Man Discovers Shop Selling Thousands Of Dead Seahorses Taken From Wild
This happens to over 37 million seahorses a year 😢
Kevin Laurie had never seen anything like it. Inside a shop in the Guangzhou district of China, near Hong Kong, there were about 40 or 50 large plastic bags — and inside each bag were thousands upon thousands of dried seahorses.
“This is the most seahorses I’ve seen in a single shop,” Laurie, an independent correspondent, told The Dodo. “In most cases, it’s more usual to see seahorses on sale together with other dried marine species. But in this case, the shop was almost dedicated solely to selling seahorses.”
Laurie, who used to work as a police officer, snapped several photos of the bags, which he believes held about 2,000 to 4,000 seahorses each, and published them on Facebook. His post ended up going viral.
“Seahorses don’t have much of a voice in the conservation world, so my aim in taking the photos was to highlight their plight,” Laurie said.
"There are no official global figures on [seahorse] fisheries, but from our fieldwork, we think in just 21 countries that we've been able to assess ... about 37 million a year are being removed from the wild," Vincent told The Dodo in April. "That number may turn out to be conservative."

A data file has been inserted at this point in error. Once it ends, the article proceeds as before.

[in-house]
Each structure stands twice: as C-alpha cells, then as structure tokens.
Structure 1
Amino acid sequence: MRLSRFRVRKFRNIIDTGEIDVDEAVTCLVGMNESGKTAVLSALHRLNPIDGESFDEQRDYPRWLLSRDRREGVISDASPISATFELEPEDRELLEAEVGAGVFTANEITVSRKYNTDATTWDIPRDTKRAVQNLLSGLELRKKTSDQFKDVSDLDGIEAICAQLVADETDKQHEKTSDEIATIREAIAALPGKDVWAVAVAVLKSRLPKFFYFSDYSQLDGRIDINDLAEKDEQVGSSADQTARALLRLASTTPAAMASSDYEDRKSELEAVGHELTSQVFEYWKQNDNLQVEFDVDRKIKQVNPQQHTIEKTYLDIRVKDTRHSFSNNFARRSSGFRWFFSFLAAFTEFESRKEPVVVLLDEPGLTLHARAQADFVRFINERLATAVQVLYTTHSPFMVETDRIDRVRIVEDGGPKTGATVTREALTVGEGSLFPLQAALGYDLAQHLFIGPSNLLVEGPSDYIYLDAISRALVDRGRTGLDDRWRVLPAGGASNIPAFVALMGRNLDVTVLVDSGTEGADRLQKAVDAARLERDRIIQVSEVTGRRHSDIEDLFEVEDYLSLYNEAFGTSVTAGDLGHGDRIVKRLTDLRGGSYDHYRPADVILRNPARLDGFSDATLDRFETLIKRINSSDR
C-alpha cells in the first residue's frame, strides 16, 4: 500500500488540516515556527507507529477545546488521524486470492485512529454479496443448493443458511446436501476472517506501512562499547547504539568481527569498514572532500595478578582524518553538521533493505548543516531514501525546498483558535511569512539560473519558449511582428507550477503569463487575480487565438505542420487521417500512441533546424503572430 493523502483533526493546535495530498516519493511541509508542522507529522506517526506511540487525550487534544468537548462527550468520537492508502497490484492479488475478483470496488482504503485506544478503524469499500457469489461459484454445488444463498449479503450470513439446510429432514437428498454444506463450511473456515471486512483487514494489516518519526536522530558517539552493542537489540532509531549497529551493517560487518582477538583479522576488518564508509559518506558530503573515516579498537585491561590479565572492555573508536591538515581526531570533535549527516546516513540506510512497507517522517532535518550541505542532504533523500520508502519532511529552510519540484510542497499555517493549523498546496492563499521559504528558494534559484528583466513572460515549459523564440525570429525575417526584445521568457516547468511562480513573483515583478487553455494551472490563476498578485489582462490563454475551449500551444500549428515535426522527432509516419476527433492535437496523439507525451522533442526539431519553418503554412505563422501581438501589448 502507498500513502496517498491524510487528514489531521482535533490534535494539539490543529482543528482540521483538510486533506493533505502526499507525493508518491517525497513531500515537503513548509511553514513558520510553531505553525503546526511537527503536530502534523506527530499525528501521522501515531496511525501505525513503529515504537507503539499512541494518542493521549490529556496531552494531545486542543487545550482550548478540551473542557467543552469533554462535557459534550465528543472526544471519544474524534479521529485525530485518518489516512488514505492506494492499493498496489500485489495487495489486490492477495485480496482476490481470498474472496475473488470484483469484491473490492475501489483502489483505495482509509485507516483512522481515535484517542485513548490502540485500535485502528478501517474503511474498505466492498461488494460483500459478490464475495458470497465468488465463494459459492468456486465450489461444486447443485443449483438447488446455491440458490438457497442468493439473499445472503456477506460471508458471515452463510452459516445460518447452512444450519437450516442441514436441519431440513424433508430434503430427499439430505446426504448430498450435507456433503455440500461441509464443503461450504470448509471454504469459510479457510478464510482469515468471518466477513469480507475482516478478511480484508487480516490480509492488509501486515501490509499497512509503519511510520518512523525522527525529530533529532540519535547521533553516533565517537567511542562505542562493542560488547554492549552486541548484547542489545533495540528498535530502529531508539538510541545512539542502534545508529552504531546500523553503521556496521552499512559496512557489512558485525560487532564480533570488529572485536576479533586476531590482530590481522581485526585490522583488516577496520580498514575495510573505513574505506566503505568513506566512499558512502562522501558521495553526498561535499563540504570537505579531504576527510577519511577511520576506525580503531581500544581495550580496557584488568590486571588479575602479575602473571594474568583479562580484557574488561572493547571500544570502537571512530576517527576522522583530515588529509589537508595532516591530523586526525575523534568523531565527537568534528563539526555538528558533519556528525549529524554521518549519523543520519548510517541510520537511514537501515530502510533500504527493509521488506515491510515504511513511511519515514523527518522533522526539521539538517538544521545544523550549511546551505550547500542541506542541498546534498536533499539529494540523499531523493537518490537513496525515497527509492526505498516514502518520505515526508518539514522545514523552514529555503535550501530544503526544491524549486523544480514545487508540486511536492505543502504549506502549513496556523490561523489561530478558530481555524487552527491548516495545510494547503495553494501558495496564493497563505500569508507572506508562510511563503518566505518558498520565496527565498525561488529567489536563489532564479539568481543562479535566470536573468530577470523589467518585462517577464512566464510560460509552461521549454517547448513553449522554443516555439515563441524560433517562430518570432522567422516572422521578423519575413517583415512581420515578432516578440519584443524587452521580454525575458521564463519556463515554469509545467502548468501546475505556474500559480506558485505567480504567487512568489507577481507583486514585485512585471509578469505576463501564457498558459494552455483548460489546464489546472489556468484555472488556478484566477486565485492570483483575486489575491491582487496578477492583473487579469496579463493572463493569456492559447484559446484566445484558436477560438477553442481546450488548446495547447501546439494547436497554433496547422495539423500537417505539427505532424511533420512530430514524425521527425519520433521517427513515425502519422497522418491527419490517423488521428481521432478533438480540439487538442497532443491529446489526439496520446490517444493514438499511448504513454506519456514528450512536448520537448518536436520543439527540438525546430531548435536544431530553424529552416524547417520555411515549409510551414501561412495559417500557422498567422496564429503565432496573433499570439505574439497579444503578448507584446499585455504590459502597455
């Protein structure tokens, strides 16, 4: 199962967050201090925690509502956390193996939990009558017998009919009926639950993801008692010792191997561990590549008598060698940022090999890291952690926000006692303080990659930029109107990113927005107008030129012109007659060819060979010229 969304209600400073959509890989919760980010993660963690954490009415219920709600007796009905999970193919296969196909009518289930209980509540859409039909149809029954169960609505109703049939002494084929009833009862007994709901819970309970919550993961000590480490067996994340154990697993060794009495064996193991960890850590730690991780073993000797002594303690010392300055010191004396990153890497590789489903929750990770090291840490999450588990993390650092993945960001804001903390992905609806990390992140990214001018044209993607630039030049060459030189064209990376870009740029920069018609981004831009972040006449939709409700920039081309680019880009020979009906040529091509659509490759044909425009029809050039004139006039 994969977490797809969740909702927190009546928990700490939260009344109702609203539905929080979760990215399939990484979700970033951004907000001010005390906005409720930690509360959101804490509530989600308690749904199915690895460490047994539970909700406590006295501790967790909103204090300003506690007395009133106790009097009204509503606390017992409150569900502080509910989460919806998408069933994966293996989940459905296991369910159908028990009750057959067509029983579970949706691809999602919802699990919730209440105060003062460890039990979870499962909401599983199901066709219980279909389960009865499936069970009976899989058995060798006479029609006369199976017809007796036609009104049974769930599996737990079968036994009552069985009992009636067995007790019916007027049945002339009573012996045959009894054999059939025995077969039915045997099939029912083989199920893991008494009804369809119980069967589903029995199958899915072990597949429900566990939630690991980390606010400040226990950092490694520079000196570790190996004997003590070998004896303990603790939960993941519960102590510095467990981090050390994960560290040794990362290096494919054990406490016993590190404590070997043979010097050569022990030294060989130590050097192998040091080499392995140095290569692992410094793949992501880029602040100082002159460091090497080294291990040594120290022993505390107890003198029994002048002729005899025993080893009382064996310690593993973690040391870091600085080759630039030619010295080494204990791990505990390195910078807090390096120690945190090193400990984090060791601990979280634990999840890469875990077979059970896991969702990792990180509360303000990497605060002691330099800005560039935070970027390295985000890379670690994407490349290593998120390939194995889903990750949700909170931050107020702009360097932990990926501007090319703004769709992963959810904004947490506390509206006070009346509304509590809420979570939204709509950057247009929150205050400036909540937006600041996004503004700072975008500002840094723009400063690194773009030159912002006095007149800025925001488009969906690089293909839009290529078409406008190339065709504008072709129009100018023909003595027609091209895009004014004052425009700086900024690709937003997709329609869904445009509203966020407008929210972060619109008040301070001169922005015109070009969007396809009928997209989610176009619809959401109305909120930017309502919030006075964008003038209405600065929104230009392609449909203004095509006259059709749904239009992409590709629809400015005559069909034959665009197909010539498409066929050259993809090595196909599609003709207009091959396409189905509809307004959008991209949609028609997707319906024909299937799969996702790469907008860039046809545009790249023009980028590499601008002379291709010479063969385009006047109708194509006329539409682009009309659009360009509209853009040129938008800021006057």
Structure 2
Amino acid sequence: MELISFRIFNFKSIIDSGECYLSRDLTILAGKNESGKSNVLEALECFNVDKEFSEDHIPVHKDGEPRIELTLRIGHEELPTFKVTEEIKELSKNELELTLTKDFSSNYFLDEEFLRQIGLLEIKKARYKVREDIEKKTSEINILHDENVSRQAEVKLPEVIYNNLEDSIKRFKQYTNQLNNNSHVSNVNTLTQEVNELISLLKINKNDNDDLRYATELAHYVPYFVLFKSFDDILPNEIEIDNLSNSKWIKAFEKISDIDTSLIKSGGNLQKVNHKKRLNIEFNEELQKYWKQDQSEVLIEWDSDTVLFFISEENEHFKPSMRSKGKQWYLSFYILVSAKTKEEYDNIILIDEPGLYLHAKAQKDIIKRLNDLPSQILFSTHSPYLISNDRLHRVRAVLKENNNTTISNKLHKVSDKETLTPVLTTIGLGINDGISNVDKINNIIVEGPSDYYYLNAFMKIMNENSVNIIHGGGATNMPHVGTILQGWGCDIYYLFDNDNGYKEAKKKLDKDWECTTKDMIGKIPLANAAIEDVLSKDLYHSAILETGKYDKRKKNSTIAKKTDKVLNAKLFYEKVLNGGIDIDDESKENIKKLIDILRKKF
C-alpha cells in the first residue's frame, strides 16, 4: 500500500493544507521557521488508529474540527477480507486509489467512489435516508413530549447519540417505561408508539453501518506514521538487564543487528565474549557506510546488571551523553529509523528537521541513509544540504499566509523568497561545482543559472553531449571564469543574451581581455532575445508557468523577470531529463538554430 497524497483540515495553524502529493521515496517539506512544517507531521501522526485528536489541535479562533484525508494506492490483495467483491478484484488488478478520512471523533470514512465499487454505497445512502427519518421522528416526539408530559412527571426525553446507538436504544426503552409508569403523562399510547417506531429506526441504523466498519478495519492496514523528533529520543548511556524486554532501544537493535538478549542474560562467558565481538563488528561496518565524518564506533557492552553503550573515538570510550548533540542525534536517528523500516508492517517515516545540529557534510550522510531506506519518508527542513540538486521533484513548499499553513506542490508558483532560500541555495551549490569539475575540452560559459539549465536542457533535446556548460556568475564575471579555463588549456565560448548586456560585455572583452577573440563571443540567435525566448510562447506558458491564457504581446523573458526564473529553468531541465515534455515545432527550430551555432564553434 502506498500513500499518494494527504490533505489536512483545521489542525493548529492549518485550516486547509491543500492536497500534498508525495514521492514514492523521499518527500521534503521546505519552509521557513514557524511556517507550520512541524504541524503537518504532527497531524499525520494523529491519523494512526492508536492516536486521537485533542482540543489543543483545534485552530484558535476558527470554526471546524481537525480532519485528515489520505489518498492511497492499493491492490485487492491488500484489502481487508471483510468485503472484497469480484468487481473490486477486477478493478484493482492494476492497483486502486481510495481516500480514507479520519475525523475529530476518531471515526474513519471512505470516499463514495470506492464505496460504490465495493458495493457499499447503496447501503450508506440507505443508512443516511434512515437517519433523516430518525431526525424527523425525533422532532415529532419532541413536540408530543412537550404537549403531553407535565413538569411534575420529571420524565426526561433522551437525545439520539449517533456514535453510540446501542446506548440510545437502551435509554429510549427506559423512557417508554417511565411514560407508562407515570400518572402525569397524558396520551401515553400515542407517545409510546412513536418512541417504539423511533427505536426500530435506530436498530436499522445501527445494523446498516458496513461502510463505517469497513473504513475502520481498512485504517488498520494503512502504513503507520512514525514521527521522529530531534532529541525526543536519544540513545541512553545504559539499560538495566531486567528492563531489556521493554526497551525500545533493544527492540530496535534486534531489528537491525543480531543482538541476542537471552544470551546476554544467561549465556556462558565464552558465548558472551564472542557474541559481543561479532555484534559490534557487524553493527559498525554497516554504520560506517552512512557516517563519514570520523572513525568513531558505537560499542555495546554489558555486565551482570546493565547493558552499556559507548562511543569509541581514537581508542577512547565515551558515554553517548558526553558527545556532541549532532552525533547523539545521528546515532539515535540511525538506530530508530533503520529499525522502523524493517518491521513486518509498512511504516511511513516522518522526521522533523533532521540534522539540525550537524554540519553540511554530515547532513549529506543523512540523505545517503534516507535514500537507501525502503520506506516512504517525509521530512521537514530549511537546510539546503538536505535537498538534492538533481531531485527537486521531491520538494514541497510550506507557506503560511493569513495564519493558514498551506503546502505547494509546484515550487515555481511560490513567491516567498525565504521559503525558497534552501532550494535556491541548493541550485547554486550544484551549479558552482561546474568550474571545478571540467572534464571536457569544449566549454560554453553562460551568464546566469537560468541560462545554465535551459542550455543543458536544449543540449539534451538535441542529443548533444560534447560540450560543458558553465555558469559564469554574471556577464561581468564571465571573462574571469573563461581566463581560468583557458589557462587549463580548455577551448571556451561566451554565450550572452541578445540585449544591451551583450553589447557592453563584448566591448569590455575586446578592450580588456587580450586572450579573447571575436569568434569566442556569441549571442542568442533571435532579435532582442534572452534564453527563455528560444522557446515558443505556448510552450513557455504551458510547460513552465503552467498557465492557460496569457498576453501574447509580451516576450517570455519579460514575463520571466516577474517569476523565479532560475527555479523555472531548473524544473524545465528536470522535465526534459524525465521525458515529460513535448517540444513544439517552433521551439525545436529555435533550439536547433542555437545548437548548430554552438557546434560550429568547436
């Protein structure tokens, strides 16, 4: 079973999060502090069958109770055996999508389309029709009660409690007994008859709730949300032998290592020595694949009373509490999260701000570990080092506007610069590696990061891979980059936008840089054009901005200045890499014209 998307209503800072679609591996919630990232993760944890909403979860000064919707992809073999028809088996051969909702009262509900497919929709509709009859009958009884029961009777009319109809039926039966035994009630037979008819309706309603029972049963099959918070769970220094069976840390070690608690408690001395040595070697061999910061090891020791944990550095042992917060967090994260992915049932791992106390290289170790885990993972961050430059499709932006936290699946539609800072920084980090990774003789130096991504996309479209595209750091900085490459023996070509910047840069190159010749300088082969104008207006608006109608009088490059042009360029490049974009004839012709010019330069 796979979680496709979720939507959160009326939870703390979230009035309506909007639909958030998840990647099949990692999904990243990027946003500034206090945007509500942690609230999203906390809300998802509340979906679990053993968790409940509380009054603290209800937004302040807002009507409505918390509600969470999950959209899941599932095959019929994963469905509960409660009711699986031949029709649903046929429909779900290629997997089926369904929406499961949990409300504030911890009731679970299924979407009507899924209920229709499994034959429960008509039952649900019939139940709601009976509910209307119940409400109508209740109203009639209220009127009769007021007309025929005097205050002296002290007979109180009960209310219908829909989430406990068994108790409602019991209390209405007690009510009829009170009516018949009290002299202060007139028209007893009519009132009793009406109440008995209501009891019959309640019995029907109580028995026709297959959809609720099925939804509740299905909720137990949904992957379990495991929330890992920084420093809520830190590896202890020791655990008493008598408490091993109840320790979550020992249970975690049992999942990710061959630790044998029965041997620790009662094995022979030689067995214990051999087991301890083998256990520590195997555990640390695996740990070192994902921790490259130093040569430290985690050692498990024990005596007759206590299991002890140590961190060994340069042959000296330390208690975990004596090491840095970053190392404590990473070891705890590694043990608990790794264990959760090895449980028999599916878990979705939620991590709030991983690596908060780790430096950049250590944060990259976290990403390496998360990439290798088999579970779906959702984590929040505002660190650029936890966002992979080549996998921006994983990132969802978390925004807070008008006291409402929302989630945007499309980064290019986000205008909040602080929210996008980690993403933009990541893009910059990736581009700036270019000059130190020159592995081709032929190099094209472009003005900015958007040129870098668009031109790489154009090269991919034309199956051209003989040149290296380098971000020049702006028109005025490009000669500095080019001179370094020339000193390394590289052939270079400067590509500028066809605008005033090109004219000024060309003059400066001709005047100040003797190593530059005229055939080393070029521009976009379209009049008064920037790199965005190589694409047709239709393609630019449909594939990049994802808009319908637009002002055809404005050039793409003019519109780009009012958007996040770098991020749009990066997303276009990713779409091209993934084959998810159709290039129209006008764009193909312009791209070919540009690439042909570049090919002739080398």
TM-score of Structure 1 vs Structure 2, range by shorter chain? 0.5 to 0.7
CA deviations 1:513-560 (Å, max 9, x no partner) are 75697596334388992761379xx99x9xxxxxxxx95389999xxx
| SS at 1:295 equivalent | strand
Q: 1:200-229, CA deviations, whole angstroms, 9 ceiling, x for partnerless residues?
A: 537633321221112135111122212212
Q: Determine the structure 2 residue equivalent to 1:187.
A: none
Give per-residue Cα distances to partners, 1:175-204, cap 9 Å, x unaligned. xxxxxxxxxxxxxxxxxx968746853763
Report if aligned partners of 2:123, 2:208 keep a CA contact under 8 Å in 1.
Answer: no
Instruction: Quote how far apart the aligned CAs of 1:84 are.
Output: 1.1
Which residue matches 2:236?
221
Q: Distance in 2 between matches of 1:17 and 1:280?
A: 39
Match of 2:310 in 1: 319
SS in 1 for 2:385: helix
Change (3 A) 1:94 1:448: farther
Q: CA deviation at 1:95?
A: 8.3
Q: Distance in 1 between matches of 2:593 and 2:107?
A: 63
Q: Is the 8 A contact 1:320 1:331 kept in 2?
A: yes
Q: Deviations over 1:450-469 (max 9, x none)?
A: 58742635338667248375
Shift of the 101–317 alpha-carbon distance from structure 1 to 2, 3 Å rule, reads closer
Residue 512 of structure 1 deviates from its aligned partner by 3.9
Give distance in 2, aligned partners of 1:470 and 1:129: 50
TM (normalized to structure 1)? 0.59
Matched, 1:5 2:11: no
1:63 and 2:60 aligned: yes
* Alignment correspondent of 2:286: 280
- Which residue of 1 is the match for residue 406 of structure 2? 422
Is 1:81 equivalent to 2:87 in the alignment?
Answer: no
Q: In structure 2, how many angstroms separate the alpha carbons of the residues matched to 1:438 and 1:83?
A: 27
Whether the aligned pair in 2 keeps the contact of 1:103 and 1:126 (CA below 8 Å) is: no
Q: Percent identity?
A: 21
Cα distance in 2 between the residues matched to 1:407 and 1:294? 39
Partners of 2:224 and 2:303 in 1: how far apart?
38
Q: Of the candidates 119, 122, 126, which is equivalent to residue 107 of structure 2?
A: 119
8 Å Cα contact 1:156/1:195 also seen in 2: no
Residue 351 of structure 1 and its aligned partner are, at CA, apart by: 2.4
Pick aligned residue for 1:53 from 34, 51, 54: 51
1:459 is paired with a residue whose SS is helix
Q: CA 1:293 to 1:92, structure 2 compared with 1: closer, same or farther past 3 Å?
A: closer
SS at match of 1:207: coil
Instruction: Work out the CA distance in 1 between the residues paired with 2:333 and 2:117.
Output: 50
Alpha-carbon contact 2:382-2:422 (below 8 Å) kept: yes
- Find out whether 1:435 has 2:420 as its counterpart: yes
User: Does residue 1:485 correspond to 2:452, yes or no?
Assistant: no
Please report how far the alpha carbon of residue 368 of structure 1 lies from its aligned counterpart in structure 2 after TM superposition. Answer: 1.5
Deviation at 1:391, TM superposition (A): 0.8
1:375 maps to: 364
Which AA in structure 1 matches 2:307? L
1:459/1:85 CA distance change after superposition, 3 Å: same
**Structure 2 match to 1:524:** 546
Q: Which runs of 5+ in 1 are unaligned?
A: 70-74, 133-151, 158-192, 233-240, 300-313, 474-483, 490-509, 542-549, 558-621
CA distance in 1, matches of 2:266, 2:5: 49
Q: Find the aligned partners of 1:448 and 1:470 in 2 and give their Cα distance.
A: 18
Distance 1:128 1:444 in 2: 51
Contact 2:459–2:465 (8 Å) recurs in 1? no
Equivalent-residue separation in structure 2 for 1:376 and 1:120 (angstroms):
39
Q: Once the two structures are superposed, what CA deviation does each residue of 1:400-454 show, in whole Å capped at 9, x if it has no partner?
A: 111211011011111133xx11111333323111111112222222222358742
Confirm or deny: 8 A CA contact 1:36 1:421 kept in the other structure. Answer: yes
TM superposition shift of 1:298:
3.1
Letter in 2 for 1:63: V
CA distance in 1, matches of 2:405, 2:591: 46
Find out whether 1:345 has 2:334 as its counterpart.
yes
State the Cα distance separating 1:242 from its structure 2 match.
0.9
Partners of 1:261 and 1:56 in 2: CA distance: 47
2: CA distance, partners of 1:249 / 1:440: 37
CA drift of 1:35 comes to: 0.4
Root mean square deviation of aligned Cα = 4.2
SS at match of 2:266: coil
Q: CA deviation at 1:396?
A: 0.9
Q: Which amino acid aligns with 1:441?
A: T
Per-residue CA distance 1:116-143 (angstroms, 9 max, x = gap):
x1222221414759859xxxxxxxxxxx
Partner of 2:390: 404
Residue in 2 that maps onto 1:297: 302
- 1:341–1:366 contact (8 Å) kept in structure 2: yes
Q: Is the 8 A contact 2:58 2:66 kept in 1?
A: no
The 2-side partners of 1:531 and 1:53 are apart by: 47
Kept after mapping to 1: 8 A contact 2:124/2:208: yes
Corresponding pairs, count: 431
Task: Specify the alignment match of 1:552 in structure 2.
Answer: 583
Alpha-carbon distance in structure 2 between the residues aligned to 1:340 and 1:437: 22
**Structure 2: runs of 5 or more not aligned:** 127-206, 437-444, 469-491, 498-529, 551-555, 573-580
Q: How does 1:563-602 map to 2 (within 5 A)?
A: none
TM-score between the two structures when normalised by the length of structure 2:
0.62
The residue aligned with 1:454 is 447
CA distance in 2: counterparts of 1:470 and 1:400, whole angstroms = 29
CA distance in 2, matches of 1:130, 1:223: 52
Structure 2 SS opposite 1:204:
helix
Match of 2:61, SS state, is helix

The main reason seahorses are being caught is for traditional Chinese medicine — it’s believed that seahorses cure a range of conditions associated with the aging process. However, seahorses are also sold into the aquarium trade, or sold as food or decorative ornaments.
Most seahorse species are actually protected through the Convention on International Trade in Endangered Species (CITES), which puts limitations on the trading and selling of these animals — but this doesn’t seem to be doing much to protect these animals, according to Gary Stokes, Southeast Asia director of Sea Shepherd Global.
"They're prohibited, so how come we have sacks and sacks and sack of them just in the shops here [in Hong Kong]?" Stokes told The Dodo in April.
Despite the challenges in protecting seahorses, Vincent remains optimistic about the future.
"Seahorses are in trouble ... and I hope they can be good storytellers for all the small, obscure species that nobody pays much attention to at all," Vincent said. "I think what we all need to do is to feel a responsibility for the ocean and to engage with the ocean and talk about it a lot. It can be difficult because most people think of the ocean as a swimming pool of water, but in fact it's full of the most extraordinary life, and seahorses are part of what's wonderful."